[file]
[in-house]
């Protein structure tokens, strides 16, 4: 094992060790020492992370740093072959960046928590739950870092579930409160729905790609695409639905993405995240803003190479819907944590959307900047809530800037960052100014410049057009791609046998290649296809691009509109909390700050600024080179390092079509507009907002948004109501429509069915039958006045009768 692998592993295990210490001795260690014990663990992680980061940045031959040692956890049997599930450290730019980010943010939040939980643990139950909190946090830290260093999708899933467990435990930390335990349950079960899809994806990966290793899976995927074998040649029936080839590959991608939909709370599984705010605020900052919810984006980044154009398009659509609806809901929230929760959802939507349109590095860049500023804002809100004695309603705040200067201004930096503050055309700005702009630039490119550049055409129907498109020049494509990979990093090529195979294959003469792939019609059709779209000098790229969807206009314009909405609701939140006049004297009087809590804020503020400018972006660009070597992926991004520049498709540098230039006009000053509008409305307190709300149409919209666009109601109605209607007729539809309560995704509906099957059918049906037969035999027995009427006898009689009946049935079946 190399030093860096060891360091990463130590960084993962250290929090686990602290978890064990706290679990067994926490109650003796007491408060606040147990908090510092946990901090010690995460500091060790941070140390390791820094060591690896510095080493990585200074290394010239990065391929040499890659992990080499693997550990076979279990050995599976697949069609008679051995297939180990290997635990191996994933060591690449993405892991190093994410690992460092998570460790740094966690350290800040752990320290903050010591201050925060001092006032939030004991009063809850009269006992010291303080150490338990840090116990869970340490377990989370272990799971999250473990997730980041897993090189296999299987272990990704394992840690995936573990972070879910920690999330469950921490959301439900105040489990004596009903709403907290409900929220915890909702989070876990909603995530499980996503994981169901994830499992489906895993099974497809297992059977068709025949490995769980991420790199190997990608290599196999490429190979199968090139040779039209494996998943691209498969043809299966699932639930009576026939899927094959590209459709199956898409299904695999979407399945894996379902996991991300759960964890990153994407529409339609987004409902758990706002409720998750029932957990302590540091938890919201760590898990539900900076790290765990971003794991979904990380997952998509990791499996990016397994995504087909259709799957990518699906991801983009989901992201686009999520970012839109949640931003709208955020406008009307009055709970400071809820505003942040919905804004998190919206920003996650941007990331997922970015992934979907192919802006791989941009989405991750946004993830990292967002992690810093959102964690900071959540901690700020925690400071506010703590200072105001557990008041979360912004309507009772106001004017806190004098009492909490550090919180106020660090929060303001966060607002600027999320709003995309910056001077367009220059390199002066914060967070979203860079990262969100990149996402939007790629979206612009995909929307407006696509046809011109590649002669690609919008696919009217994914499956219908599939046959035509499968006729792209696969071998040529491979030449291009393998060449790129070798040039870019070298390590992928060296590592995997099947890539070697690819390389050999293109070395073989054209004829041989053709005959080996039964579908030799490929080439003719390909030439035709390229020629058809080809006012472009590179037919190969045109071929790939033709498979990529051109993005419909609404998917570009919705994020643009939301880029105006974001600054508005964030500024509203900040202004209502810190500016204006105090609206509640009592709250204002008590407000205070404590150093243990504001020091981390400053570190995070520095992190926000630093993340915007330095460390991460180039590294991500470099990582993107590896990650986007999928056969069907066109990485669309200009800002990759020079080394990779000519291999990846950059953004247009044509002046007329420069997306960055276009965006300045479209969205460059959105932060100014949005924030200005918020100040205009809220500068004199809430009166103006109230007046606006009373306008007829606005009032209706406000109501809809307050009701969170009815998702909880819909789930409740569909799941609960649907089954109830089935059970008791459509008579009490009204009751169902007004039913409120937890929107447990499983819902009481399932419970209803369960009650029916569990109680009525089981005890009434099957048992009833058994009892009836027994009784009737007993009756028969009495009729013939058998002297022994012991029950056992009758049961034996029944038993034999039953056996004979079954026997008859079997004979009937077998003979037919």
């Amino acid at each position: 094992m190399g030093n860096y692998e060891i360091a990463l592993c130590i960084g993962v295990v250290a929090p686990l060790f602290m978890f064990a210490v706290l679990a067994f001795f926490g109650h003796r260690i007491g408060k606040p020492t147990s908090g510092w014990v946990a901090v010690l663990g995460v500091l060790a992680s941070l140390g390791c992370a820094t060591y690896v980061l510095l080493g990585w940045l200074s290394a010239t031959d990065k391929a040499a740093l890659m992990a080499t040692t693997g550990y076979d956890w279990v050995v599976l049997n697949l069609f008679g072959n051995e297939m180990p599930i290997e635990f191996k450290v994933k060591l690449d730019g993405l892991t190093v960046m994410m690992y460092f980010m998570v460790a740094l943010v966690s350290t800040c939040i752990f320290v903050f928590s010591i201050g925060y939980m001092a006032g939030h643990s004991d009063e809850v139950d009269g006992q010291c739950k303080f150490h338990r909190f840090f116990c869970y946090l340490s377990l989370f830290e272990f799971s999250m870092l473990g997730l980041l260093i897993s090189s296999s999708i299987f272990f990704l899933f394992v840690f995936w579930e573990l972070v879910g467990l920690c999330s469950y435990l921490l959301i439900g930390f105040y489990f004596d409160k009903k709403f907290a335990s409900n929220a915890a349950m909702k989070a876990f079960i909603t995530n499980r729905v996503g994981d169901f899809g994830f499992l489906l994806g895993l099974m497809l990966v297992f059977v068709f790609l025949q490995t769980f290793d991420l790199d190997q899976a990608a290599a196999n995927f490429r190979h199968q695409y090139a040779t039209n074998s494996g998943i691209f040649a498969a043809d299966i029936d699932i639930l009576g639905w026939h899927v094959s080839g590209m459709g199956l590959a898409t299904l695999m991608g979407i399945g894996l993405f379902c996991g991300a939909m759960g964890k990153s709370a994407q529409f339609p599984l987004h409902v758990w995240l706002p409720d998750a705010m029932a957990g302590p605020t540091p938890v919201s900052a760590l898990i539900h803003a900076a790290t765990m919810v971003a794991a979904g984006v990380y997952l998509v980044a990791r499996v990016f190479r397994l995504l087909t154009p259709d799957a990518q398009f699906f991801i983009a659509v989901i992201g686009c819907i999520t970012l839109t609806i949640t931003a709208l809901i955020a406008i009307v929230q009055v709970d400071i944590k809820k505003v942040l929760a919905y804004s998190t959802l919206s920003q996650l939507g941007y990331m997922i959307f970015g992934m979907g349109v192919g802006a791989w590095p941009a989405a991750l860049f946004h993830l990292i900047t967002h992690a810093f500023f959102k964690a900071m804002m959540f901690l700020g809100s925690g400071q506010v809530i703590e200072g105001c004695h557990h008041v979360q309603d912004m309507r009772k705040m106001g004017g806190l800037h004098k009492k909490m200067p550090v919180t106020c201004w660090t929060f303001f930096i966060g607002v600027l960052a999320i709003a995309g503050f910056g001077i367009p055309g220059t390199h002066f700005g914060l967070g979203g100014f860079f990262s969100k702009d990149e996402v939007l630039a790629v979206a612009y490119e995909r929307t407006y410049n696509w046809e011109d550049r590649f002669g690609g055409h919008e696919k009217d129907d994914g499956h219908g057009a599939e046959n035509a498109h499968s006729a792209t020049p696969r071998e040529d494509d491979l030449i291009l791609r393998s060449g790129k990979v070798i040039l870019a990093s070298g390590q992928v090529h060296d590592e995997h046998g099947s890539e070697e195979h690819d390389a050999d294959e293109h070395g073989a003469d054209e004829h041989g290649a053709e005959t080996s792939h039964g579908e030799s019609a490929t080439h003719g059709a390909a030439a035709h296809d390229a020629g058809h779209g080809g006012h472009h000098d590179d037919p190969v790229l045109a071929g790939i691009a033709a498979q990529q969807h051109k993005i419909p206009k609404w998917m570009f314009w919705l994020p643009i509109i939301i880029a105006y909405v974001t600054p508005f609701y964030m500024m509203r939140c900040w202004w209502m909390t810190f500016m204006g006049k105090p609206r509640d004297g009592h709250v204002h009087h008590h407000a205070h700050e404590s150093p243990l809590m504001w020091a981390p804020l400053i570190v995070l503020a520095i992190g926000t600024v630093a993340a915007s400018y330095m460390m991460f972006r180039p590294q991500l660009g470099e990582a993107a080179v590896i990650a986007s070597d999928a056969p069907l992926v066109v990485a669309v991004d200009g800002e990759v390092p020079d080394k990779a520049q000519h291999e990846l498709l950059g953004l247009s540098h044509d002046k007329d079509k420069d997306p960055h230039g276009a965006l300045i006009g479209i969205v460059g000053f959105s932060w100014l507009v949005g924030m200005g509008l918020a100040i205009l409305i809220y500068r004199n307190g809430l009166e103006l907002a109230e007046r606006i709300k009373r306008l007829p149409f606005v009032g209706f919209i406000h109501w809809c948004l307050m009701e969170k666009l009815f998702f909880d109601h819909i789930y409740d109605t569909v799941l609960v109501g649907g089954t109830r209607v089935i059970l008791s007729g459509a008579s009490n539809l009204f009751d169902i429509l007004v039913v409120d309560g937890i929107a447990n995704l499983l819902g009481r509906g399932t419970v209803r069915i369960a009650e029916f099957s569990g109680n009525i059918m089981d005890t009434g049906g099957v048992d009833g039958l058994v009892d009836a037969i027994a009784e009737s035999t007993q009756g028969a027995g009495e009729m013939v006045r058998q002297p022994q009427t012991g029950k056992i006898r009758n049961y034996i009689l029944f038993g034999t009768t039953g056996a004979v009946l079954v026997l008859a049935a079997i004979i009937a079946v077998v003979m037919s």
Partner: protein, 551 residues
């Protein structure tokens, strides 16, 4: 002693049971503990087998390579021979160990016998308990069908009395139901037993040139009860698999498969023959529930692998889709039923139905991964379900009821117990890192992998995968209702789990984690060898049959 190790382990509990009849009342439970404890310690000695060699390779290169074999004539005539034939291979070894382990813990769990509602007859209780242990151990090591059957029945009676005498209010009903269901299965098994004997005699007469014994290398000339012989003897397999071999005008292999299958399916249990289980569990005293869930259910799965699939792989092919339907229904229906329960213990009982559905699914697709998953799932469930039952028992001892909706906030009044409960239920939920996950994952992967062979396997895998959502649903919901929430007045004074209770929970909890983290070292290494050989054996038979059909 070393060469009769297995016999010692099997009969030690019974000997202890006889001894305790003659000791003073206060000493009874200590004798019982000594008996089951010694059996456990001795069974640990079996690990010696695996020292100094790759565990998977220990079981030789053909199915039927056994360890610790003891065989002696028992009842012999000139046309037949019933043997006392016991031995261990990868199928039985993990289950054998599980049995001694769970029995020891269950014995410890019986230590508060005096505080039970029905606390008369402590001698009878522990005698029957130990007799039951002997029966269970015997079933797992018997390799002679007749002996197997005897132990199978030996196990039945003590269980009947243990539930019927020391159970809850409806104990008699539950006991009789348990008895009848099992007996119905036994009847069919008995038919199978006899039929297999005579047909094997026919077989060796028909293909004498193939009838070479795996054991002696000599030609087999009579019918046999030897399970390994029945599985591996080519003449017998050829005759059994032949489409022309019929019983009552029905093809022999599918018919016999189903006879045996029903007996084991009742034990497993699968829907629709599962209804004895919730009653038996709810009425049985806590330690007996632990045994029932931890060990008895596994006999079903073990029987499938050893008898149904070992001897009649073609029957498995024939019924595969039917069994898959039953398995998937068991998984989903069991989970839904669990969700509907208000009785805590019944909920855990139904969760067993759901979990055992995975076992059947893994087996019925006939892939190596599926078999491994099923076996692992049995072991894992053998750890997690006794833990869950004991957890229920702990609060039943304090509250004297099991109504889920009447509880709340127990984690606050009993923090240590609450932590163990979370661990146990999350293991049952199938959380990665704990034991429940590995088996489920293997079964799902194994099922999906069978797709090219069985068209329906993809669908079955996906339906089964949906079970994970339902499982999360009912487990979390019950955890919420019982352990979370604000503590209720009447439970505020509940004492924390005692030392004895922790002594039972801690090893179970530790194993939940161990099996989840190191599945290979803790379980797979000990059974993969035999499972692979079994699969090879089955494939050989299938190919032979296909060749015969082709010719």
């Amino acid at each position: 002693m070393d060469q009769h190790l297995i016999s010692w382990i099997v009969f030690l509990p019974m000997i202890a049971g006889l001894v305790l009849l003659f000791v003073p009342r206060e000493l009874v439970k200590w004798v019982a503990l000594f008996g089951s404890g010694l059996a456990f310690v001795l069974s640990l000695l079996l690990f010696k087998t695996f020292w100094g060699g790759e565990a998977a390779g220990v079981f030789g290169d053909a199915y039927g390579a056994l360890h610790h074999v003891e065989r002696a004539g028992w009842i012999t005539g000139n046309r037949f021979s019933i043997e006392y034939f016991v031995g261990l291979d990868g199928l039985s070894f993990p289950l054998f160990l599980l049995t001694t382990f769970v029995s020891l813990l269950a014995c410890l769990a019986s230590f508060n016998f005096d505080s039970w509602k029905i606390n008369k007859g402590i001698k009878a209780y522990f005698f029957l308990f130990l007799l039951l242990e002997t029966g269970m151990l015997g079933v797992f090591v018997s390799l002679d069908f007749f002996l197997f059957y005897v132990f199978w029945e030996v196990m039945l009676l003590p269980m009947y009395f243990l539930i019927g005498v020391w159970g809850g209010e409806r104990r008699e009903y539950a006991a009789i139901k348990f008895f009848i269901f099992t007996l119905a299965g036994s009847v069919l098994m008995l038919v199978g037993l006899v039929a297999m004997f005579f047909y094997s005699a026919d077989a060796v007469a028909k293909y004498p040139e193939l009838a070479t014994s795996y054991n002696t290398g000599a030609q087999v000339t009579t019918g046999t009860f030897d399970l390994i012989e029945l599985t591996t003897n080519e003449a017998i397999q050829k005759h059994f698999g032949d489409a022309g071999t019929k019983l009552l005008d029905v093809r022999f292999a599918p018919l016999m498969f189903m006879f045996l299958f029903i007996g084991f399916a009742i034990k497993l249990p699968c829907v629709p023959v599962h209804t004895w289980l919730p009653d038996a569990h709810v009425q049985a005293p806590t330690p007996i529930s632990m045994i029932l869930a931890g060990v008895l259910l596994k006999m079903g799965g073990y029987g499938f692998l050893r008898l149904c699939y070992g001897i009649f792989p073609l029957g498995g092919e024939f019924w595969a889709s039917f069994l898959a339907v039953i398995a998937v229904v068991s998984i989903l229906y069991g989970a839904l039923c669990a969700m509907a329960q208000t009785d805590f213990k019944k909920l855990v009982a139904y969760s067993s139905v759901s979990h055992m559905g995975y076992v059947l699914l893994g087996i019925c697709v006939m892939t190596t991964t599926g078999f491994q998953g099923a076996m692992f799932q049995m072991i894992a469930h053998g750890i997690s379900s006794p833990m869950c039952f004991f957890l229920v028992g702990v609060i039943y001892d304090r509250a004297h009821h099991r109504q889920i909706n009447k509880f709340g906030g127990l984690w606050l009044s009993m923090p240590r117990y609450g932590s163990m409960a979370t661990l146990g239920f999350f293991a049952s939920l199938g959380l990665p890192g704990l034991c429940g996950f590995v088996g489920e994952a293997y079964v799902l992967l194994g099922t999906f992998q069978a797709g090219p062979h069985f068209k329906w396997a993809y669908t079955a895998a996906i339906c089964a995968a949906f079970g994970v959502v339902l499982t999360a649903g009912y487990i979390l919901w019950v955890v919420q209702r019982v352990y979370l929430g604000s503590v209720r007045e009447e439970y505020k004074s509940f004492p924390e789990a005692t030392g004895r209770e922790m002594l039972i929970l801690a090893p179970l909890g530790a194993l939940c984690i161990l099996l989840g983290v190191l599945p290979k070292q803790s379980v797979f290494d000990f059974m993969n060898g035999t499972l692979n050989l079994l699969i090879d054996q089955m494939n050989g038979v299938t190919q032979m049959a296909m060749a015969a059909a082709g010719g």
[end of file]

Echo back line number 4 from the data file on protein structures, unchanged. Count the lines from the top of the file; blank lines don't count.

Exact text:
Partner: protein, 551 residues